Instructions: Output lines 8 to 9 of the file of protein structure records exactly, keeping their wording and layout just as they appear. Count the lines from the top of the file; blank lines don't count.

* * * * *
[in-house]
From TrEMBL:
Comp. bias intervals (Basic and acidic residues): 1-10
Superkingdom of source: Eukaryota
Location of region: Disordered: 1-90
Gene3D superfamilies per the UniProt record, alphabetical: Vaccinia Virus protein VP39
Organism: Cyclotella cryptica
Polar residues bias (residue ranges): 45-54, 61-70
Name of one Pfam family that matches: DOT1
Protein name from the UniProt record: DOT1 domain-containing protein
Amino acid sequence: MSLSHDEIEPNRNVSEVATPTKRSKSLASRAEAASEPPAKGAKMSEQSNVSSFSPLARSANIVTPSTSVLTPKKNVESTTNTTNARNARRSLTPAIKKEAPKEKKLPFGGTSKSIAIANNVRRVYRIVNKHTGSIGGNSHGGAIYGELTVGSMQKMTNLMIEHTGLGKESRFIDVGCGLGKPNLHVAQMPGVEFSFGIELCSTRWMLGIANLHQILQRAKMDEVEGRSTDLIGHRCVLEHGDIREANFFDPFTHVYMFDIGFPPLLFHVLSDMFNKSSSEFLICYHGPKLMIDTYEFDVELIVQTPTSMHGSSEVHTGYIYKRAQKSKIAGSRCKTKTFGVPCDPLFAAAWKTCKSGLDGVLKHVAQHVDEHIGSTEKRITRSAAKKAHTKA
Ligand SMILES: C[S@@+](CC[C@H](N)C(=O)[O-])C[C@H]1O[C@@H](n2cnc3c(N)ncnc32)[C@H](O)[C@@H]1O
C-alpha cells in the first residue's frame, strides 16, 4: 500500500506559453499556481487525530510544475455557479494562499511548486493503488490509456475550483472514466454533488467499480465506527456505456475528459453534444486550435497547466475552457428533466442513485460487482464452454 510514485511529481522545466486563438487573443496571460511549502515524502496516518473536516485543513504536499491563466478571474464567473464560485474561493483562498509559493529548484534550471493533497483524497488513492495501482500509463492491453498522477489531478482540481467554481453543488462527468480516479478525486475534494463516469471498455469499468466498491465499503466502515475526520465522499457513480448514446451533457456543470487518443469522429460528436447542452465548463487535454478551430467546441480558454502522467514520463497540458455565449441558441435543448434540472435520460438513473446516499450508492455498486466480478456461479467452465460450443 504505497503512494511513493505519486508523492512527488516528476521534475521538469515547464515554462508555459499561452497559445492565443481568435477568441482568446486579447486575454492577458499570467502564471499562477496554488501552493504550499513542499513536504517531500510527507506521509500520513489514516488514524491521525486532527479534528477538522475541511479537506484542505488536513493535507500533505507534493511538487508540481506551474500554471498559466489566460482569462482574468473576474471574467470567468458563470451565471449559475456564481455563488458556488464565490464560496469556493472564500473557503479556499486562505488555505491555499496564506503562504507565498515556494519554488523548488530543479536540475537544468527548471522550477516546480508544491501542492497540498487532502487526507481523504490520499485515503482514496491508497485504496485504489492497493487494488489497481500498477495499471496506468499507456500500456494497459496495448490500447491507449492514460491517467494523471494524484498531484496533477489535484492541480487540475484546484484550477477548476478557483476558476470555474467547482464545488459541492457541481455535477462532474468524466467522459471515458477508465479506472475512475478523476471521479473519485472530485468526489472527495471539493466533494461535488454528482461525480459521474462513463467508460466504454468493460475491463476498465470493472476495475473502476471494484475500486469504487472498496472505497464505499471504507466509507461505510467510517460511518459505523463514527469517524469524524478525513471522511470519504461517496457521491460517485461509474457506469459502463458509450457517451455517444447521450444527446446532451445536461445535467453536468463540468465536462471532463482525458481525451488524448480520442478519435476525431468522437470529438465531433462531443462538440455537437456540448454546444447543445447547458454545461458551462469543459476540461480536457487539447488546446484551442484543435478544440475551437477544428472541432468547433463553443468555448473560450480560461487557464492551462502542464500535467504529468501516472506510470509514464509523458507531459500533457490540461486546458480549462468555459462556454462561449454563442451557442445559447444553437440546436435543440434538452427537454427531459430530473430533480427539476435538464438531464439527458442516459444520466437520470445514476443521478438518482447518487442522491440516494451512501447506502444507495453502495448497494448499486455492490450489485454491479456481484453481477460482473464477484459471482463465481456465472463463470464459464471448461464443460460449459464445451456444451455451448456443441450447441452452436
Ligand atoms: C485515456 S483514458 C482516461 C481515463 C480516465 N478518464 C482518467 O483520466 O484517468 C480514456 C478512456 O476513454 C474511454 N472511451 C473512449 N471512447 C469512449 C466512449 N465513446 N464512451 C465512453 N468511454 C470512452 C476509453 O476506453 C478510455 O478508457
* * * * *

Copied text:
Polar residues bias (residue ranges): 45-54, 61-70
Name of one Pfam family that matches: DOT1